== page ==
This Is What 'Low Starch' Veggies Are (And Why We Should Care)

These veggies are lower in carbs and energy.

"Fill your plate with low starch veggies." It's something we hear all the time, but it can be a confusing term. What's the difference between low starch veggies and regular veggies, and why should we be including them?

First, let's take a look at what 'starches' are and what they have to do with vegetables.

"Starch is a polysaccharide (carbohydrate) that is produced by most plants as an energy store. It is the most common carbohydrate and is contained in large amounts in foods such as potatoes and wheat," nutritionist Fiona Tuck told HuffPost Australia.

"The less starch a vegetable contains, the less carbohydrates and, therefore, the less calories. This means for the same calories, we can eat a larger quantity of non-starchy vegetables compared to smaller servings of starchy vegetables."

It's for this reason that low starch vegetables are recommended for filling our plates, especially if we're trying to lose or maintain weight.

"Low starch vegetables also contain more water," nutritionist and celebrity chef Zoe Bingley-Pullin explained. "You can eat a larger amount at any one time and therefore have a higher overall nutrient intake."

Low starch vegetables include:

  • Green leafy vegetables (kale, spinach, Asian greens, cabbage)
  • Salad greens (rocket, lettuce, watercress)
  • Cucumber
  • Fennel
  • Brussels sprouts
  • Cauliflower
  • Broccoli
  • Capsicum
  • Sprouts
  • Tomato
  • Eggplant
  • Celery
  • Zucchini
  • Leek
  • Onion
  • Green beans
  • Asparagus
  • Mushrooms

So, what about starchy vegetables?

"Starchy vegetables contain higher amounts of carbohydrates. Potatoes, corn, peas, parsnips, sweet potato and yams are all examples of starchy vegetables," Tuck said.

"Starchy vegetables provide important nutrients and fibre -- however, we only need to eat them in small amounts. So avoid filling your plate with high starch veggies, but by all means include portion-controlled amounts in your diet."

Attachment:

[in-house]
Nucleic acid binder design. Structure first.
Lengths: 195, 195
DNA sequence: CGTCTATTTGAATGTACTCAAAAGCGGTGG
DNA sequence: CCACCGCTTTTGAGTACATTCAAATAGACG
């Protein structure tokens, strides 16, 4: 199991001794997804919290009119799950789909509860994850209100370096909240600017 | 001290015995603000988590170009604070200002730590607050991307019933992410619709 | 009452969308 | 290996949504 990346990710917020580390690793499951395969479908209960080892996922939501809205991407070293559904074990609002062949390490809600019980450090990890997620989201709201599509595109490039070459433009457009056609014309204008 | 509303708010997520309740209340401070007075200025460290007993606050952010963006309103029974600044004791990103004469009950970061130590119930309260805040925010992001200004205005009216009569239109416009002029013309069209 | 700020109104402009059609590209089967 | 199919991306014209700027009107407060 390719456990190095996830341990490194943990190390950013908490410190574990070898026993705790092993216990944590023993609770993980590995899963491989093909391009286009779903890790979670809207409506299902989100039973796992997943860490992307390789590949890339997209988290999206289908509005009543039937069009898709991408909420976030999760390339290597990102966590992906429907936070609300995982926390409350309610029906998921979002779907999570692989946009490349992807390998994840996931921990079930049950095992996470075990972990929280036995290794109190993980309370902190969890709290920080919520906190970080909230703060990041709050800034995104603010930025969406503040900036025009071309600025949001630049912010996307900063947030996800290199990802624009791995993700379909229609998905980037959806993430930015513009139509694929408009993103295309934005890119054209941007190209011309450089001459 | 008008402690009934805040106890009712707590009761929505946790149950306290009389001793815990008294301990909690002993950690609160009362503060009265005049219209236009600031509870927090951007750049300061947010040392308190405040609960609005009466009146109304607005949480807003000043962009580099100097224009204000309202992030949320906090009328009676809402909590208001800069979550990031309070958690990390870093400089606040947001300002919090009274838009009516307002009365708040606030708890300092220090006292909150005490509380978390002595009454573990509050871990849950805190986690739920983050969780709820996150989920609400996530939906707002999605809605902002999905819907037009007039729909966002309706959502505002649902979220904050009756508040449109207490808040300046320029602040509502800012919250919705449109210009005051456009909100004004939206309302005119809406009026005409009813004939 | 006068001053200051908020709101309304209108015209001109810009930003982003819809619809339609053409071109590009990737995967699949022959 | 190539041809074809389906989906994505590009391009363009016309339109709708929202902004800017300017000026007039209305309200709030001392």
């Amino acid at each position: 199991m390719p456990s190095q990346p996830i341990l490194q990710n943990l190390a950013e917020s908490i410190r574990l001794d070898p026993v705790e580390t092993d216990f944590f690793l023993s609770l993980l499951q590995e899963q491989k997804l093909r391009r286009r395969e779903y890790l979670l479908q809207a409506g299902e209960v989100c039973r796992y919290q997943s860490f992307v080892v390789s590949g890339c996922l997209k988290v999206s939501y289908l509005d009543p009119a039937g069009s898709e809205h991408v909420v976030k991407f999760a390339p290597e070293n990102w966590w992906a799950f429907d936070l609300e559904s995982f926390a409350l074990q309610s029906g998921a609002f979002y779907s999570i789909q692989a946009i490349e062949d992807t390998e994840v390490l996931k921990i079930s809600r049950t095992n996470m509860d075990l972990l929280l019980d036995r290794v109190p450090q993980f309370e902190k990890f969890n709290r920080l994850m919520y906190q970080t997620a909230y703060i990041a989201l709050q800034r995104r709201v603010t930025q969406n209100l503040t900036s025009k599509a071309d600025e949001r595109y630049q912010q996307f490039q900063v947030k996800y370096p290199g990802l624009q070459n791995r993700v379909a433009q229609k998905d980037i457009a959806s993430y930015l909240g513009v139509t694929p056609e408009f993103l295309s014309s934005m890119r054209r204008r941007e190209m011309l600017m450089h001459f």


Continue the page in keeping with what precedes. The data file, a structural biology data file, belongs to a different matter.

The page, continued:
Remember to count sweet potatoes in your 'carb' portion.
Remember to count sweet potatoes in your 'carb' portion.

It's important to reiterate that starchy veggies aren't 'unhealthy' or that we should avoid them -- Australians aren't eating enough veggies to begin with -- but do keep in mind that they are higher in carbohydrate content and kilojoules.

"If you are not very active and looking to lose weight, you should be mindful of your portion of starch-containing vegetables and limit to a quarter of a plate per meal," Bingley-Pullin told HuffPost Australia.

For delicious ways to include more low starch vegetables, try these nutritionist-approved ideas.

"Both low and high starch veggies provide beneficial nutrients into our diet," Tuck said. "Try spiralising zucchini for a light, nourishing take on spaghetti, or finely chop onion, zucchini and capsicum and add to cottage pie and Bolognese sauce to up the nutrient content.

You can even make low carb cauliflower pizza.
You can even make low carb cauliflower pizza.

"Roast cauliflower with turmeric and garlic for a tasty low starch version of roast potatoes, or mash cauliflower for a lighter version of mashed potato.

"Throw together bok choy, capsicum, garlic, ginger, basil, celery and capsicum for a quick veggie stir fry and add your choice of protein such as chicken, fish or tofu."

More low starch veggie meal ideas:

  • Grate zucchini and toss into scrambled eggs, fritattas or fritters
  • Stuff mushrooms with a mixture of veg and ricotta, as a dinner side or light meal
  • Roast capsicum and combine with tomato and herbs to make a salsa
  • Make broccoli or cauliflower into 'rice'
  • Use asparagus spears to dip into soft boiled eggs or dips (such as hummus)
  • Stuff eggplants and/or capsicum with a Bolognese sauce
  • Add celery and spinach to fresh juice

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